No one writes about death and funerals with greater wisdom, wit or feel for words than the poet-undertaker Thomas Lynch.
Is that point of view disputable? I think not. But go on, dispute it all the same. Where healthy debate is concerned, there is harmony only in discord.
Following on from my last post, here’s, if you don’t know it, Tom’s poem In Paradisum. I hope he won’t be copyright-sensitive if I quote it in full. It’s in his collection Grimalkin and Other Poems.
It makes me wonder if there are any funeral workers out there who have had similar thoughts — or even supernatural experiences?
Sometimes I look into the eyes of corpses.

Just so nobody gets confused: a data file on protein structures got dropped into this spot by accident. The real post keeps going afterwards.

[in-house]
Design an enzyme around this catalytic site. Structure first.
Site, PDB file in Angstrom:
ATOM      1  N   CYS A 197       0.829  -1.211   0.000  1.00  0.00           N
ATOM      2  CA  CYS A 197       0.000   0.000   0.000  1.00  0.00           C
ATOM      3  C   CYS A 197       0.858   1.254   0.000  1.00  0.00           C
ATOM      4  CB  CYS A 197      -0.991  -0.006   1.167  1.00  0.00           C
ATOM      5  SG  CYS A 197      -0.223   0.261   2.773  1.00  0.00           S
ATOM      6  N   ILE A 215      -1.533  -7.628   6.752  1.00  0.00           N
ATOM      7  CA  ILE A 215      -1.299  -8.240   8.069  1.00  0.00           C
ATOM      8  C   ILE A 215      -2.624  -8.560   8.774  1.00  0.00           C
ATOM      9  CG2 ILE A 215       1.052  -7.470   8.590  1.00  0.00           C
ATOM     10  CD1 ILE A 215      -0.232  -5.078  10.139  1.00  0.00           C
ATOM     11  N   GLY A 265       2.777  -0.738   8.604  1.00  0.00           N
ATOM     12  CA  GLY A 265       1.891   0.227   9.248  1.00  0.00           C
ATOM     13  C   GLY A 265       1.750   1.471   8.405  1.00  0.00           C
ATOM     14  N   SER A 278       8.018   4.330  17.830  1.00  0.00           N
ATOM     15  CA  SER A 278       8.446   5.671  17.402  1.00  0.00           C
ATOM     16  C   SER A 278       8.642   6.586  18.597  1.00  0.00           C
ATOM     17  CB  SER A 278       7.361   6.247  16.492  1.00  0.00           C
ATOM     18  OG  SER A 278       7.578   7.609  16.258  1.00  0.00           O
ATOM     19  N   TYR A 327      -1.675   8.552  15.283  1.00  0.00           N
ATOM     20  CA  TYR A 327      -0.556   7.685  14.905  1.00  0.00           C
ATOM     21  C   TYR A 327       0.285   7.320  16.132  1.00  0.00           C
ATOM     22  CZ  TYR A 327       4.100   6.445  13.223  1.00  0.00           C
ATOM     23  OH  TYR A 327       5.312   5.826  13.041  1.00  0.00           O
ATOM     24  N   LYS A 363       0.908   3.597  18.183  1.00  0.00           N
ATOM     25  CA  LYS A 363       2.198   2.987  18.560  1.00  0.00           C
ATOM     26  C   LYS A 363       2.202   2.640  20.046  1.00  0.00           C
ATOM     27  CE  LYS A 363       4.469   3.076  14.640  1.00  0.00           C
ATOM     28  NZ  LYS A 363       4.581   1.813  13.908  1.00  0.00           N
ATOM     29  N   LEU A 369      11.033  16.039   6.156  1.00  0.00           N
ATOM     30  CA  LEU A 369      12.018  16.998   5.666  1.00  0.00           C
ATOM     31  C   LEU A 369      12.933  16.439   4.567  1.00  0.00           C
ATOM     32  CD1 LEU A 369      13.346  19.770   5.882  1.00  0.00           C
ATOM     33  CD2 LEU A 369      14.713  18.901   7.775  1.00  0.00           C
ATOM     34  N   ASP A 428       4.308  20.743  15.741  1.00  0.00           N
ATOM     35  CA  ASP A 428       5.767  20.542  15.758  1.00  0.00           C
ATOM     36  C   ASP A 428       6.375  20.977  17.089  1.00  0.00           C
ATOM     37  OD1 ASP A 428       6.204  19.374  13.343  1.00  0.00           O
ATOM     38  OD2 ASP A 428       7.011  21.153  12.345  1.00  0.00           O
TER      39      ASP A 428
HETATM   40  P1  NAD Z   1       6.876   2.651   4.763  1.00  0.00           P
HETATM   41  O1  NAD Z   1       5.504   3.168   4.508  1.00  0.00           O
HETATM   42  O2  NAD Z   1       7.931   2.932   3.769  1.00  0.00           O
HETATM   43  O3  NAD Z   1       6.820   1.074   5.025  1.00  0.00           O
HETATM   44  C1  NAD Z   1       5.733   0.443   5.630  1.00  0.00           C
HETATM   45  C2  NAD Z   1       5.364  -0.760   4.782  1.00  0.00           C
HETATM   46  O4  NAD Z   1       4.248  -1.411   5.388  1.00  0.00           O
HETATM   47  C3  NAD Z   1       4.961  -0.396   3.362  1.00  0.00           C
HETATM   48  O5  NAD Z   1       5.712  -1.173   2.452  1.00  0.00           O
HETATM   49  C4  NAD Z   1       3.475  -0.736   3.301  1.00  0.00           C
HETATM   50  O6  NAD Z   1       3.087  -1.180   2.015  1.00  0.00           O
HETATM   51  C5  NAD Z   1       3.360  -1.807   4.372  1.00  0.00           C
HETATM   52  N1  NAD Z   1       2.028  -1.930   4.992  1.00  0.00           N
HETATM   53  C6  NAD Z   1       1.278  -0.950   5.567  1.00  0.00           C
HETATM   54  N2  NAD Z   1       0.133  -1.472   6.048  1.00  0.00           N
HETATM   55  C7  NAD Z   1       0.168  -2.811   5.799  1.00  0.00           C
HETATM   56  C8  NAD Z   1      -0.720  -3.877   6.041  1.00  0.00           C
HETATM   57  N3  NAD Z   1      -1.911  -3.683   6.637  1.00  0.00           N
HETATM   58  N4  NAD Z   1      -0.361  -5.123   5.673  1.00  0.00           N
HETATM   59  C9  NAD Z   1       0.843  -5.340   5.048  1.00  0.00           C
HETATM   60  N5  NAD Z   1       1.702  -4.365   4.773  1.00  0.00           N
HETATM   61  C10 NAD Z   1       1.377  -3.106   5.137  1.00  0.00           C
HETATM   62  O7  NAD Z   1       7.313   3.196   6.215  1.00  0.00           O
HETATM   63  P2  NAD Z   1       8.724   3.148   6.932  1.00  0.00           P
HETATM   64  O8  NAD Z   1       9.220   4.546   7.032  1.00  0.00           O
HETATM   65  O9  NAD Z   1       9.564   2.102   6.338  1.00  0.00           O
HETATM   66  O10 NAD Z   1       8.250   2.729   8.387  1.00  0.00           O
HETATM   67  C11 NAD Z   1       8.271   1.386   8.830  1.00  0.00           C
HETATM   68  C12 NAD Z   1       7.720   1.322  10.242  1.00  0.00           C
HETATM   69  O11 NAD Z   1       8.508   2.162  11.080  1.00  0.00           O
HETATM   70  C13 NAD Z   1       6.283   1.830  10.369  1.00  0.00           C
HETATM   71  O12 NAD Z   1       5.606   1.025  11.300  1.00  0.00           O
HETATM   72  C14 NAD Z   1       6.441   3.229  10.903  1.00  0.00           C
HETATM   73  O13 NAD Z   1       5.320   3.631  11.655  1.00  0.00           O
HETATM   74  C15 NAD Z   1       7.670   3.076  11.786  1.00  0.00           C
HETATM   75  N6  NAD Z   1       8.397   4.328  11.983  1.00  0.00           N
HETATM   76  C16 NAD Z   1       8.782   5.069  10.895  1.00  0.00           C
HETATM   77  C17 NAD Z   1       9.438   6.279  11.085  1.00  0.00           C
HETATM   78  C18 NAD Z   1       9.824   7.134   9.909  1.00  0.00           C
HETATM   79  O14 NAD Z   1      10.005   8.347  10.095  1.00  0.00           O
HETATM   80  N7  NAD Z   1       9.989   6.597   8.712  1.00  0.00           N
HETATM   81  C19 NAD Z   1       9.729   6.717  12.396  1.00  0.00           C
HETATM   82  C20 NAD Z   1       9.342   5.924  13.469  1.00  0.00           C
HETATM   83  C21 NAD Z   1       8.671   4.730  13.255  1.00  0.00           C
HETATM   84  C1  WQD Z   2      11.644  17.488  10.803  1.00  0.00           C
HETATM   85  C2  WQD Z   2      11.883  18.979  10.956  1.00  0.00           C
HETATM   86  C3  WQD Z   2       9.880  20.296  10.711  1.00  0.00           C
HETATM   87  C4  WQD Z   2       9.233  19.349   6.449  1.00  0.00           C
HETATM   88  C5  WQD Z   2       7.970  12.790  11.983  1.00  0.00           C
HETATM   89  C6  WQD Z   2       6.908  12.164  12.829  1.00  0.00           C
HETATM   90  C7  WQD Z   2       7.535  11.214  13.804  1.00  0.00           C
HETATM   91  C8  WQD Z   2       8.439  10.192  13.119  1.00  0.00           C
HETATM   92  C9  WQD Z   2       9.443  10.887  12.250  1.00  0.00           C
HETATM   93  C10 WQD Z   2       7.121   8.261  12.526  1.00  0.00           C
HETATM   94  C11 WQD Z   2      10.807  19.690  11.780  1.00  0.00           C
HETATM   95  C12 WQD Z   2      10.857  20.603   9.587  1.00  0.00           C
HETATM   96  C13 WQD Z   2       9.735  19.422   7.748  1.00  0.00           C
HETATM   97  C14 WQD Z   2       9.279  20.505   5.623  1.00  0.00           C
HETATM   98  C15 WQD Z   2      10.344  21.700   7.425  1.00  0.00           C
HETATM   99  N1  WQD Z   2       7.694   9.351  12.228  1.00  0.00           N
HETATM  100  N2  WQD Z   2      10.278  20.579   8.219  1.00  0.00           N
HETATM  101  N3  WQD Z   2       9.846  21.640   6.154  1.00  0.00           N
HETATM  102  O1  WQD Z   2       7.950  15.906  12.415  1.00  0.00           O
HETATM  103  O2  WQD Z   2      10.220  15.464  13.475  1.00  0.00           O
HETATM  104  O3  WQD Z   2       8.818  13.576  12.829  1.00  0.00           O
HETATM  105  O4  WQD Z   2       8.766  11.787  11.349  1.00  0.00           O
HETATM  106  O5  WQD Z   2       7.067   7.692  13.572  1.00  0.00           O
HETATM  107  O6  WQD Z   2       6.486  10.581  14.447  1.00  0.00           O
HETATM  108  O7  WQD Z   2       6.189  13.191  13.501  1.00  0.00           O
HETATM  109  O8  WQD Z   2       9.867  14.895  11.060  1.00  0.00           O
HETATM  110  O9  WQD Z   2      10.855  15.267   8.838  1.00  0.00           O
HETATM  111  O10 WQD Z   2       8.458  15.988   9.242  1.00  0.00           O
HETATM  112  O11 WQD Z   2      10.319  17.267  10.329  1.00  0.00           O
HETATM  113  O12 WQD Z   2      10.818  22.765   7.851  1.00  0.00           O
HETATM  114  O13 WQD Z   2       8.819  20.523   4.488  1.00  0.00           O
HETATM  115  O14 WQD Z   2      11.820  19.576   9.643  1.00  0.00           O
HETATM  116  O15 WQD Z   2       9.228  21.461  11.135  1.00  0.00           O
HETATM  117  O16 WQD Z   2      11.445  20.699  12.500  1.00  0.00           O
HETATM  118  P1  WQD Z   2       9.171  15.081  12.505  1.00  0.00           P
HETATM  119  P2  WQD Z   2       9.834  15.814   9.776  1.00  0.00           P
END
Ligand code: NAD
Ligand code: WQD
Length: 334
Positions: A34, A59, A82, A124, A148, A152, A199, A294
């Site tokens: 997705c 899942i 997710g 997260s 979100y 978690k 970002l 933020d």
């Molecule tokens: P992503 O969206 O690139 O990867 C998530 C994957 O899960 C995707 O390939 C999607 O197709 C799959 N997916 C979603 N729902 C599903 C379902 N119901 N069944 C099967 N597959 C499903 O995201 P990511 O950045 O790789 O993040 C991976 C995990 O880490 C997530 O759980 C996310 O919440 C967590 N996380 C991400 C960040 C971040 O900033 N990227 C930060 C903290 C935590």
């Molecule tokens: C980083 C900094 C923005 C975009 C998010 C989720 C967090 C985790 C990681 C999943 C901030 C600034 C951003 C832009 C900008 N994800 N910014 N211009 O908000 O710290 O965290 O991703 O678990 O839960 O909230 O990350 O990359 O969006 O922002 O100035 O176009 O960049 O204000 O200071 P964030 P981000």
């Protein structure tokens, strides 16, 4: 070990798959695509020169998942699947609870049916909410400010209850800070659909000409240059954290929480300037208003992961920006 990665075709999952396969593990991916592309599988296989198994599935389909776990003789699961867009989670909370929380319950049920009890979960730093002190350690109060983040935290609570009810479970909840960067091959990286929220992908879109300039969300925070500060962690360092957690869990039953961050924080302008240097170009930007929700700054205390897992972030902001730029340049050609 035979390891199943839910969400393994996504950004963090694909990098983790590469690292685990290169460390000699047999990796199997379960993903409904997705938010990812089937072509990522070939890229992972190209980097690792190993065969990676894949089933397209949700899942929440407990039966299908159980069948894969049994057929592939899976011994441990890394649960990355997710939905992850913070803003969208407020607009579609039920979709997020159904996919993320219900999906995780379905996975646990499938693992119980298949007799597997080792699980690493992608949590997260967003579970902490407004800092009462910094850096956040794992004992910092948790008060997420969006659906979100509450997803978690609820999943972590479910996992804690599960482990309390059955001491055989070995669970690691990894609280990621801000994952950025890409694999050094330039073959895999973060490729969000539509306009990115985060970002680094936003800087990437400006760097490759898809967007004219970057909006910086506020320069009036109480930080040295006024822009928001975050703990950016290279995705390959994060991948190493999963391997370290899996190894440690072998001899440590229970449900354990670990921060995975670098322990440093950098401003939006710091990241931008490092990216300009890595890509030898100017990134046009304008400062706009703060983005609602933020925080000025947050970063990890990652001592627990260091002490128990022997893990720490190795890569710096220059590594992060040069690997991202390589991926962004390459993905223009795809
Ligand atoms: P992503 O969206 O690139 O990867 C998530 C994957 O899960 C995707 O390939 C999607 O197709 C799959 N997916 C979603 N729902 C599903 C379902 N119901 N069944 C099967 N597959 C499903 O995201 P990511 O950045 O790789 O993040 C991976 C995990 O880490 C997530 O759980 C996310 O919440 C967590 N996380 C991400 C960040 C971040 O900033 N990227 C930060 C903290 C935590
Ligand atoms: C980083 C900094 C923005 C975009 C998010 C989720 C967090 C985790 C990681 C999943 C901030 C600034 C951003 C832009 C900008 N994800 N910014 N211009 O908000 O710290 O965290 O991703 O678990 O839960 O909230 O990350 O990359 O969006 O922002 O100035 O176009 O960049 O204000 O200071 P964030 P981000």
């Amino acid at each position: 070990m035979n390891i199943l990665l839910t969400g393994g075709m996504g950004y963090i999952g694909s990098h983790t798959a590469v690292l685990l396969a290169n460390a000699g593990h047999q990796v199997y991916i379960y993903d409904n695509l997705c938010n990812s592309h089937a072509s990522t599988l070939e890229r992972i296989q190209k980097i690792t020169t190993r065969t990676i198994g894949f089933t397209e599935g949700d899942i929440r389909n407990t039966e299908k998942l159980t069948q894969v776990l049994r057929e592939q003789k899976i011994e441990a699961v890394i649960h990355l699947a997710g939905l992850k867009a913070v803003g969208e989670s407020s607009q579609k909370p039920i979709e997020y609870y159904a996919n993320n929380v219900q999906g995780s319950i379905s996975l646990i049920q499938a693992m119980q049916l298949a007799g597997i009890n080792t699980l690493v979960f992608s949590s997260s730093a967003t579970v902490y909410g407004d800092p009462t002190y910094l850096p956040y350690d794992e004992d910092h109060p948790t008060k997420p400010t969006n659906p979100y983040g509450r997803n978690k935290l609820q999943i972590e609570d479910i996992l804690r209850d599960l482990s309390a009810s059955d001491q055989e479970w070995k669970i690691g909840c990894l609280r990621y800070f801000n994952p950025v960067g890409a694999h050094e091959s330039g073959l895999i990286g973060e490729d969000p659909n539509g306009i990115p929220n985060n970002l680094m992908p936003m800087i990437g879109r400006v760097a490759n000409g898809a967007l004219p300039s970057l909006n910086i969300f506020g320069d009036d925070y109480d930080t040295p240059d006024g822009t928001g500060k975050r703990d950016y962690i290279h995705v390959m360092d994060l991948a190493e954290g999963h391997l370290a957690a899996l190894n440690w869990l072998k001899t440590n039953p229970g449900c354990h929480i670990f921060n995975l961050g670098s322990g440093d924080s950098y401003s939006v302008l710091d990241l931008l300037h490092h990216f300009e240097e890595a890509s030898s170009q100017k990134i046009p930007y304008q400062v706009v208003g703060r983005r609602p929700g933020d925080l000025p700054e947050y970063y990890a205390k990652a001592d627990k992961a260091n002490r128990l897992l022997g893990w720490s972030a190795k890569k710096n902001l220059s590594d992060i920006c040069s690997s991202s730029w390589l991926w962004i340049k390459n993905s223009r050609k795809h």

They are like mirrors broken, frozen pools,
or empty tabernacles, doors left open,
vacant and agape; like votives cooling,
motionless as stone in their cold focus.
As if they’d seen something. As if it all
came clear to them, at long last, in that last moment
of light perpetual or else the black
abyss of requiems and nothingness.
Only the dead know what the vision is,
beholding which they wholly faint away
amid their plenary indulgences.
In Paradisum, deducante we pray:
their first sight of what is or what isn’t.